Even worse, Congress — to be more specific, the Senate — has failed our election officials. The Brennan Center estimates that, due to Covid-19, our election officials are facing an additional $4 billion in costs to conduct safe and secure elections. But the Senate has only agreed to provide one-tenth of what they need. This financial crisis caused at least one local election official to consider paying for plastic shower curtains and PVC pipe out of her own pocket in an effort to keep voters and poll workers safe at the polls.
Moreover, many of the challenges are related to the aging and increasingly frail election infrastructure that is the legacy of years of chronic underfunding at the local, state, and federal level.
3. They must wear many hats but are underpaid.
Today, election officials must be logisticians, cybersecurity experts, communication specialists, legal analysts, and community servants to name just a few of the roles they’re expected to flawlessly fulfill. And this year, many are working seven days a week and through other hardships. One official recently admitted to working from his hospital bed after being diagnosed with Covid-19.
4. They tend to be white and female, but there are encouraging signs that the profession is becoming more integrated and equitable.
There are many reasons for this gender imbalance, but at least one is related to the historical role these officials served, which is still apparent in many of their titles, like clerk, registrar, and recorder. In the past, a significant portion of the job responsibilities could be inelegantly described as “paper pushing,” even though the job has always been best performed by dedicated community servants who deploy strong communications and technical skills. But we’re beginning to see some election officials fight, successfully, to change their official titles to better reflect their current duties. For example, registrars in Virginia may now use director of elections as their title.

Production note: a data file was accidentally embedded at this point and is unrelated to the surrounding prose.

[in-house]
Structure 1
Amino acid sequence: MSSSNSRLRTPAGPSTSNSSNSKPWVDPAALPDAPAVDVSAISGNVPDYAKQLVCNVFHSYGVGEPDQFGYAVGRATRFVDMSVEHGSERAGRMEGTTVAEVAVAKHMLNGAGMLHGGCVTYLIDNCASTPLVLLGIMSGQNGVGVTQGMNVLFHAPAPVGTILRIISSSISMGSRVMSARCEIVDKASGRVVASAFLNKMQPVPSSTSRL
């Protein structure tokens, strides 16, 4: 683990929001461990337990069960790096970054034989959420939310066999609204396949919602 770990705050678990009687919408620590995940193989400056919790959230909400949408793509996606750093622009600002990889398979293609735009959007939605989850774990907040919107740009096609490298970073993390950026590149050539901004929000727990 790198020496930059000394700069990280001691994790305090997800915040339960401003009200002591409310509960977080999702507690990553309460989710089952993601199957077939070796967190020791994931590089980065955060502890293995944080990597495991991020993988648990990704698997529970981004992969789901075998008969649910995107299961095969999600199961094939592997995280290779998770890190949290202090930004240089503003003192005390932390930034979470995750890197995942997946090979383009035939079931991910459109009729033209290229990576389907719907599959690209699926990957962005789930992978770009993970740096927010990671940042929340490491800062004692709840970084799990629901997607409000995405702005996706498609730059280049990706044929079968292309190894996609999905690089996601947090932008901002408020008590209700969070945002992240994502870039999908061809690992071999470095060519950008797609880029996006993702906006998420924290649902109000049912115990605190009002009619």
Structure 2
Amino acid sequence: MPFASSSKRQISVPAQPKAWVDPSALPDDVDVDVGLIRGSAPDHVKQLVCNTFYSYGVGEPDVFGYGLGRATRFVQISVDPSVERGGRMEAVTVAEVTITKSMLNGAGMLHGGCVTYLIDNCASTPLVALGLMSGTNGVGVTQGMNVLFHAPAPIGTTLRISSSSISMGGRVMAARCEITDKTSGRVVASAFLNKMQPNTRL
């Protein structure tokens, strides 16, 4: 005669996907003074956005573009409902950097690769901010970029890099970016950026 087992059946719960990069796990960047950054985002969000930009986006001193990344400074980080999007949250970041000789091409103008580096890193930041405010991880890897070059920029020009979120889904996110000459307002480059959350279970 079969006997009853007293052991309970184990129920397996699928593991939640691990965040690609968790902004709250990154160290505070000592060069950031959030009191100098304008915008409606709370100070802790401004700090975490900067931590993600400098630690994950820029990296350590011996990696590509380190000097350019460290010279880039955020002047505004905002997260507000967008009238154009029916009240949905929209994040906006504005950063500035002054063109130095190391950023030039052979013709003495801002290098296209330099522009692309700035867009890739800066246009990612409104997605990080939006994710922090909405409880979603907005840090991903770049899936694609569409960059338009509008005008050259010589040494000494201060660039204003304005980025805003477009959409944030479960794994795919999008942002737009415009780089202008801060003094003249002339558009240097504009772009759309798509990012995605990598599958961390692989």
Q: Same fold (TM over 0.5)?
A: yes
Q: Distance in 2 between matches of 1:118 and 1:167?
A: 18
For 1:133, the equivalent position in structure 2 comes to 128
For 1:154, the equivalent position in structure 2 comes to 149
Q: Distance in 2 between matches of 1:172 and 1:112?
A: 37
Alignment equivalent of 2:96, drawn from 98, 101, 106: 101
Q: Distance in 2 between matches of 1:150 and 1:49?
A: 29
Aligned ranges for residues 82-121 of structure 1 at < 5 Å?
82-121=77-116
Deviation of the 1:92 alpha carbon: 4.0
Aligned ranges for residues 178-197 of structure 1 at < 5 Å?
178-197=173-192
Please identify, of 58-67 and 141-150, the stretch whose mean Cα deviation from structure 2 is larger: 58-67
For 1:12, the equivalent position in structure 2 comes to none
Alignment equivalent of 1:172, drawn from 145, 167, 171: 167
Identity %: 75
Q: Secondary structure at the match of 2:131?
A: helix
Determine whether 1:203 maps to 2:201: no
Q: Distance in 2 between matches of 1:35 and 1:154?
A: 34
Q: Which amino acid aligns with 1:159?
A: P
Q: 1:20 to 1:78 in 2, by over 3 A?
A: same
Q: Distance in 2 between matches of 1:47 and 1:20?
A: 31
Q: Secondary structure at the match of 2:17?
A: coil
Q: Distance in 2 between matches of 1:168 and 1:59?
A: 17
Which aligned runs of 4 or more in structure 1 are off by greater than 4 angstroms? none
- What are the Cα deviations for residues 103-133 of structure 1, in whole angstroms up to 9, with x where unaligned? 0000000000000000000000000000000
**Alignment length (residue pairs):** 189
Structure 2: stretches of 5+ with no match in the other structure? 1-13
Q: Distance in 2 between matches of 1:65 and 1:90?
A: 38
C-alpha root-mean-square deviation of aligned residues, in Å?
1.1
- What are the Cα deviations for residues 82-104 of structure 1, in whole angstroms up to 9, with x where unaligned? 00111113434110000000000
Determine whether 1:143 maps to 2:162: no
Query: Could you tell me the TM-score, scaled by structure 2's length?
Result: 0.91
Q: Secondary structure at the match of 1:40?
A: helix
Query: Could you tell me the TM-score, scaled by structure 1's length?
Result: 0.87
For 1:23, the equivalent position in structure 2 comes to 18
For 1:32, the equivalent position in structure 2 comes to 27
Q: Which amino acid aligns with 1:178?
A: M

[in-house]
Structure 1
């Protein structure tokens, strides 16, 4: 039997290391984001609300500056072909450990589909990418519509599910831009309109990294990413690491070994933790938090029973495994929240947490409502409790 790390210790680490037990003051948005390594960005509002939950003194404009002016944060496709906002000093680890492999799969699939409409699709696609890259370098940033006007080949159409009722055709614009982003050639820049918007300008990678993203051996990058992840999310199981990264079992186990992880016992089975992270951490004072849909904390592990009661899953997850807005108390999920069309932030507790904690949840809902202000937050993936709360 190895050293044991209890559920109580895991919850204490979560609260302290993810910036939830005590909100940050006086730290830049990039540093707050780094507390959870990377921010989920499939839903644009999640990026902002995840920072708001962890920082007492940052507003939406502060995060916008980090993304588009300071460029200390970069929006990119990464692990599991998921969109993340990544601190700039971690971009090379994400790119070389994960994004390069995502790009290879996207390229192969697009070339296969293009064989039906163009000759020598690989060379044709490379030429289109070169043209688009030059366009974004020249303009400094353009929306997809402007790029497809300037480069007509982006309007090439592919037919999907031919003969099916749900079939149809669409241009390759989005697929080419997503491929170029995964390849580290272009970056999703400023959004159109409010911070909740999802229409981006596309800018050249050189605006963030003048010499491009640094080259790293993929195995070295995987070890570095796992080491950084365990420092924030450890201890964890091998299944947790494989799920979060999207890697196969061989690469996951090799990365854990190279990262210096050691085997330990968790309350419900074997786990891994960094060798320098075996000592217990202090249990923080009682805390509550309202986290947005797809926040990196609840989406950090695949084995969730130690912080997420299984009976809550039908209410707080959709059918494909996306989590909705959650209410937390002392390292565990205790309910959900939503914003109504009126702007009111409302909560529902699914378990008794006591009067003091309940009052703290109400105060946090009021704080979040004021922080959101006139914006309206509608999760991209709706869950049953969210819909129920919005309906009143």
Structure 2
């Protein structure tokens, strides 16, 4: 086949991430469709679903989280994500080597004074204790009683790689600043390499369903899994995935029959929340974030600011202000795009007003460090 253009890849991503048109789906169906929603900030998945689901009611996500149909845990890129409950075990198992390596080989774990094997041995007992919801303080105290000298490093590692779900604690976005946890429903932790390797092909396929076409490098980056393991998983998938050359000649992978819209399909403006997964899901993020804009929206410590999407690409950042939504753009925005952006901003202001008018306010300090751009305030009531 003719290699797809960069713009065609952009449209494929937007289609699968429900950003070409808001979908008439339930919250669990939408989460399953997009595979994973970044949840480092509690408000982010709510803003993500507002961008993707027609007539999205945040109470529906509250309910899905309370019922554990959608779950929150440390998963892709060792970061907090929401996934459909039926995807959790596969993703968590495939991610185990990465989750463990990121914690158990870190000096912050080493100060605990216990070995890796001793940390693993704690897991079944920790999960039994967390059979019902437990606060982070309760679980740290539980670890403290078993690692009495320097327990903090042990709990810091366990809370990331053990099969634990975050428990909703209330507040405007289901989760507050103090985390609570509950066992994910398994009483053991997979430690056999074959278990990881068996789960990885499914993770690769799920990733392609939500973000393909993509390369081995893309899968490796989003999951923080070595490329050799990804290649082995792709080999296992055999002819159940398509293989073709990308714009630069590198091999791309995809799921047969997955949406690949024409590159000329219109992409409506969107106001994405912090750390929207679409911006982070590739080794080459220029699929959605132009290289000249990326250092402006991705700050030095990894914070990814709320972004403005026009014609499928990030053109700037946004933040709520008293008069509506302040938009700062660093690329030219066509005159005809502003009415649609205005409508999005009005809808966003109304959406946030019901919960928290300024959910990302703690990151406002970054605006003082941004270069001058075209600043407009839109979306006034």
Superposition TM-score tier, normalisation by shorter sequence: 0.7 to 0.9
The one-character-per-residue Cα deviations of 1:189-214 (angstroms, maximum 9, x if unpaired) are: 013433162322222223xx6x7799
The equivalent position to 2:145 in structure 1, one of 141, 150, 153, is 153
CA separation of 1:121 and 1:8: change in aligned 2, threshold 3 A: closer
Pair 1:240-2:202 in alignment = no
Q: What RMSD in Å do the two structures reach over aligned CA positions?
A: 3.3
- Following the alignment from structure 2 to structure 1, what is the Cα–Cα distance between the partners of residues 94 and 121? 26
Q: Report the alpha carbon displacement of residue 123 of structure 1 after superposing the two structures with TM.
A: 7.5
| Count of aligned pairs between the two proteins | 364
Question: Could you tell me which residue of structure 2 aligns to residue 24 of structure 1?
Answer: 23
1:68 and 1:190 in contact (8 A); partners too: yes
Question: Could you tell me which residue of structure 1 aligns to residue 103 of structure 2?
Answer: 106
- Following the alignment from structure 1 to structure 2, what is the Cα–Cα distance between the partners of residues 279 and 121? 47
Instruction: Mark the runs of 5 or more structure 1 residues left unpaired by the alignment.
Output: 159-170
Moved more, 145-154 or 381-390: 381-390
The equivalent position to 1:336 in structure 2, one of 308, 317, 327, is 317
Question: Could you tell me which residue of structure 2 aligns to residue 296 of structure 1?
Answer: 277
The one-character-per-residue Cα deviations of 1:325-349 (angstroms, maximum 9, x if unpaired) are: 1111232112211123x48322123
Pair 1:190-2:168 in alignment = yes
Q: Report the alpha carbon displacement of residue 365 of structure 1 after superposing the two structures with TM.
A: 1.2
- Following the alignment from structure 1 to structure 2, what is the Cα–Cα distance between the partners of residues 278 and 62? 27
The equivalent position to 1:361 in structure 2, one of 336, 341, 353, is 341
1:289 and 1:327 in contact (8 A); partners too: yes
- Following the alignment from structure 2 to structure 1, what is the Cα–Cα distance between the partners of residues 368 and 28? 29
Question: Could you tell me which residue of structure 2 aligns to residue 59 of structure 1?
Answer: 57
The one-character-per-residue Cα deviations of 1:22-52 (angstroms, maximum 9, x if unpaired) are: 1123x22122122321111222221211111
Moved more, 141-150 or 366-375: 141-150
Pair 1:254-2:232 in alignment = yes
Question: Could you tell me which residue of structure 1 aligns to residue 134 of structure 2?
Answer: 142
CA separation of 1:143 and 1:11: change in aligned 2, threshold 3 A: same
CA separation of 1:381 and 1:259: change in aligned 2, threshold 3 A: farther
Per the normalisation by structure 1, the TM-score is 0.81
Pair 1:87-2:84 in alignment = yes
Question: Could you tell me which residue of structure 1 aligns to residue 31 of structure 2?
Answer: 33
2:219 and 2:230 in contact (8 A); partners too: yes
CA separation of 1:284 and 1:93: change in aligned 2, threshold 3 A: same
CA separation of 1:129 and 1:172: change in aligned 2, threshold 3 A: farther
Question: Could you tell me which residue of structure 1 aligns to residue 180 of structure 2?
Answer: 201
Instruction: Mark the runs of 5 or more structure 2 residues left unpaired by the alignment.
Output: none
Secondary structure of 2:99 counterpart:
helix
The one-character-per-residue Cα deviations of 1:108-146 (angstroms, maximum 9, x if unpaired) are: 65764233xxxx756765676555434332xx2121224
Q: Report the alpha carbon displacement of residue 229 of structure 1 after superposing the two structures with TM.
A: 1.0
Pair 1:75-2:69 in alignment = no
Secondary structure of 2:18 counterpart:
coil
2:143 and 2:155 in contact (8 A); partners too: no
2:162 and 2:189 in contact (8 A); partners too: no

The exception to the low pay tends to be in big metropolitan areas. But four of the top five largest election jurisdictions in the country are led by men.
In a promising development, the two newest administrators on this list are people of color. Adrian Fontes was elected as clerk and recorder in Maricopa County’, Arizona, in 2016, and Chris Hollins was just appointed as clerk in June of this year in Harris County, Texas. And we (finally) have a woman of color in the top five: in 2019, Karen A. Yarbrough was sworn in as the first female African American clerk of Cook County, Illinois, the third largest election jurisdiction in the country.
5. Today’s local election officials are tomorrow’s state and federal leaders.
For obvious reasons, serving as a local election official is great preparation for leadership positions in many other areas of government or the private sector. Sen. Roy Blunt, chair of the Senate Committee on Rules and Administration, is the former Clerk of Greene County, MO. And Sen. Joni Ernst is the former auditor of Montgomery County, IA.
Several chief election officials in several states, including New Mexico, Washington, and North Carolina, are also former local election officials.
There are many structural safeguards built into our election administration system. The dedicated corps of local election officials are among the strongest, and they deserve our thanks.